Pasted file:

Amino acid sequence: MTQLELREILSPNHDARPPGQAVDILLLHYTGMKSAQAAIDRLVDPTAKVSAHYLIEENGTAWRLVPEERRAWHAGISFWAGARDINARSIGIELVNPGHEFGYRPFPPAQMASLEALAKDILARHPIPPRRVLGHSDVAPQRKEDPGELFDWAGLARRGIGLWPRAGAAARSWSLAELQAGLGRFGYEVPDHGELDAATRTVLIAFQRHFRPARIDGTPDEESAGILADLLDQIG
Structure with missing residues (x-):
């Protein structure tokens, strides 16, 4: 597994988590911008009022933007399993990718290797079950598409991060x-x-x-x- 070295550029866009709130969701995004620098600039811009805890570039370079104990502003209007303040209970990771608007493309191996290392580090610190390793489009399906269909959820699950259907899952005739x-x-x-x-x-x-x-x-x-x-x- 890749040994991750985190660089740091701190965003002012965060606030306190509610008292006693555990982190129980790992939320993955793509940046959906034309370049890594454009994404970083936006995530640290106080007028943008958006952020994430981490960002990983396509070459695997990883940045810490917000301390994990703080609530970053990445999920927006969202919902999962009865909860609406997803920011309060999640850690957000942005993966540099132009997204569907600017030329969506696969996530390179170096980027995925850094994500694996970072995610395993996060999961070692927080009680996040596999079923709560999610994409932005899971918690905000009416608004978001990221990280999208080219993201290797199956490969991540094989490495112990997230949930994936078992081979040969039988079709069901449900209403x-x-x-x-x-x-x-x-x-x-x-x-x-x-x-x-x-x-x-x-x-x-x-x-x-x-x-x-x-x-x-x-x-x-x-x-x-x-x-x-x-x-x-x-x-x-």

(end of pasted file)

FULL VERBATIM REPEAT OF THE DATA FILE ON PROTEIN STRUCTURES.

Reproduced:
Amino acid sequence: MTQLELREILSPNHDARPPGQAVDILLLHYTGMKSAQAAIDRLVDPTAKVSAHYLIEENGTAWRLVPEERRAWHAGISFWAGARDINARSIGIELVNPGHEFGYRPFPPAQMASLEALAKDILARHPIPPRRVLGHSDVAPQRKEDPGELFDWAGLARRGIGLWPRAGAAARSWSLAELQAGLGRFGYEVPDHGELDAATRTVLIAFQRHFRPARIDGTPDEESAGILADLLDQIG
Structure with missing residues (x-):
């Protein structure tokens, strides 16, 4: 597994988590911008009022933007399993990718290797079950598409991060x-x-x-x- 070295550029866009709130969701995004620098600039811009805890570039370079104990502003209007303040209970990771608007493309191996290392580090610190390793489009399906269909959820699950259907899952005739x-x-x-x-x-x-x-x-x-x-x- 890749040994991750985190660089740091701190965003002012965060606030306190509610008292006693555990982190129980790992939320993955793509940046959906034309370049890594454009994404970083936006995530640290106080007028943008958006952020994430981490960002990983396509070459695997990883940045810490917000301390994990703080609530970053990445999920927006969202919902999962009865909860609406997803920011309060999640850690957000942005993966540099132009997204569907600017030329969506696969996530390179170096980027995925850094994500694996970072995610395993996060999961070692927080009680996040596999079923709560999610994409932005899971918690905000009416608004978001990221990280999208080219993201290797199956490969991540094989490495112990997230949930994936078992081979040969039988079709069901449900209403x-x-x-x-x-x-x-x-x-x-x-x-x-x-x-x-x-x-x-x-x-x-x-x-x-x-x-x-x-x-x-x-x-x-x-x-x-x-x-x-x-x-x-x-x-x-």